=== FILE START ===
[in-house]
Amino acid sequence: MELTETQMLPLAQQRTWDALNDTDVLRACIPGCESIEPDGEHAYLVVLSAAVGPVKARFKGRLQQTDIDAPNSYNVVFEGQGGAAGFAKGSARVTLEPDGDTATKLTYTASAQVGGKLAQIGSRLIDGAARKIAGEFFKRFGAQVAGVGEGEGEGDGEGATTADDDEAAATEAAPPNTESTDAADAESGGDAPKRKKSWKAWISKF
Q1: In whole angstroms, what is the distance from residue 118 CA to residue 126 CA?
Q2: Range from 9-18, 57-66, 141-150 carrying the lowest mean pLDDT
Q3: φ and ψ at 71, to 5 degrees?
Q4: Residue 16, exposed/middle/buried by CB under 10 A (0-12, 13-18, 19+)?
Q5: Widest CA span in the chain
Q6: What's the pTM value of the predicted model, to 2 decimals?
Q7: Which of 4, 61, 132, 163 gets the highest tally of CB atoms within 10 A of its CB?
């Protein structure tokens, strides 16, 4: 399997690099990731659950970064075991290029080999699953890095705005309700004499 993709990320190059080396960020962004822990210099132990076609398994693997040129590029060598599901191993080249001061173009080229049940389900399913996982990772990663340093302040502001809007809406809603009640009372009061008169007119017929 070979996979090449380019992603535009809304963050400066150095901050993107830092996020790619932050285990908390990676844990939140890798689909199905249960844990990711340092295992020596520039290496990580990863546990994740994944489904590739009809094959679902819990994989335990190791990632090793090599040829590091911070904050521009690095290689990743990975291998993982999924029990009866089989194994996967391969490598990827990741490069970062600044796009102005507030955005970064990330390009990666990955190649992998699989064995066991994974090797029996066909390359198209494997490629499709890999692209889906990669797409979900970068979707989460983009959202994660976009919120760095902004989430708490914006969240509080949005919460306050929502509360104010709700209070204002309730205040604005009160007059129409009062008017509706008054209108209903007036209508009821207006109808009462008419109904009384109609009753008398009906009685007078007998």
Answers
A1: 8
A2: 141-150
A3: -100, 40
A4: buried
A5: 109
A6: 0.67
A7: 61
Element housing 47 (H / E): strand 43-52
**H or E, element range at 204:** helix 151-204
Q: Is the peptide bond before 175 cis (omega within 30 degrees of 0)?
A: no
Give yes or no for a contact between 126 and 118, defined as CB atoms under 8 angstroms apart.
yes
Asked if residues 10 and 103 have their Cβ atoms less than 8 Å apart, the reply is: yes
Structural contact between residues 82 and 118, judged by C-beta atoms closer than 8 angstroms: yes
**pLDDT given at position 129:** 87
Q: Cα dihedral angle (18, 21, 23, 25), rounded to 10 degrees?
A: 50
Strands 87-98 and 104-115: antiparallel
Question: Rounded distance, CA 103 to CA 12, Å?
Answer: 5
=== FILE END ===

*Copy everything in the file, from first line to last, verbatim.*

[in-house]
Amino acid sequence: MELTETQMLPLAQQRTWDALNDTDVLRACIPGCESIEPDGEHAYLVVLSAAVGPVKARFKGRLQQTDIDAPNSYNVVFEGQGGAAGFAKGSARVTLEPDGDTATKLTYTASAQVGGKLAQIGSRLIDGAARKIAGEFFKRFGAQVAGVGEGEGEGDGEGATTADDDEAAATEAAPPNTESTDAADAESGGDAPKRKKSWKAWISKF
Q1: In whole angstroms, what is the distance from residue 118 CA to residue 126 CA?
Q2: Range from 9-18, 57-66, 141-150 carrying the lowest mean pLDDT
Q3: φ and ψ at 71, to 5 degrees?
Q4: Residue 16, exposed/middle/buried by CB under 10 A (0-12, 13-18, 19+)?
Q5: Widest CA span in the chain
Q6: What's the pTM value of the predicted model, to 2 decimals?
Q7: Which of 4, 61, 132, 163 gets the highest tally of CB atoms within 10 A of its CB?
């Protein structure tokens, strides 16, 4: 399997690099990731659950970064075991290029080999699953890095705005309700004499 993709990320190059080396960020962004822990210099132990076609398994693997040129590029060598599901191993080249001061173009080229049940389900399913996982990772990663340093302040502001809007809406809603009640009372009061008169007119017929 070979996979090449380019992603535009809304963050400066150095901050993107830092996020790619932050285990908390990676844990939140890798689909199905249960844990990711340092295992020596520039290496990580990863546990994740994944489904590739009809094959679902819990994989335990190791990632090793090599040829590091911070904050521009690095290689990743990975291998993982999924029990009866089989194994996967391969490598990827990741490069970062600044796009102005507030955005970064990330390009990666990955190649992998699989064995066991994974090797029996066909390359198209494997490629499709890999692209889906990669797409979900970068979707989460983009959202994660976009919120760095902004989430708490914006969240509080949005919460306050929502509360104010709700209070204002309730205040604005009160007059129409009062008017509706008054209108209903007036209508009821207006109808009462008419109904009384109609009753008398009906009685007078007998």
Answers
A1: 8
A2: 141-150
A3: -100, 40
A4: buried
A5: 109
A6: 0.67
A7: 61
Element housing 47 (H / E): strand 43-52
**H or E, element range at 204:** helix 151-204
Q: Is the peptide bond before 175 cis (omega within 30 degrees of 0)?
A: no
Give yes or no for a contact between 126 and 118, defined as CB atoms under 8 angstroms apart.
yes
Asked if residues 10 and 103 have their Cβ atoms less than 8 Å apart, the reply is: yes
Structural contact between residues 82 and 118, judged by C-beta atoms closer than 8 angstroms: yes
**pLDDT given at position 129:** 87
Q: Cα dihedral angle (18, 21, 23, 25), rounded to 10 degrees?
A: 50
Strands 87-98 and 104-115: antiparallel
Question: Rounded distance, CA 103 to CA 12, Å?
Answer: 5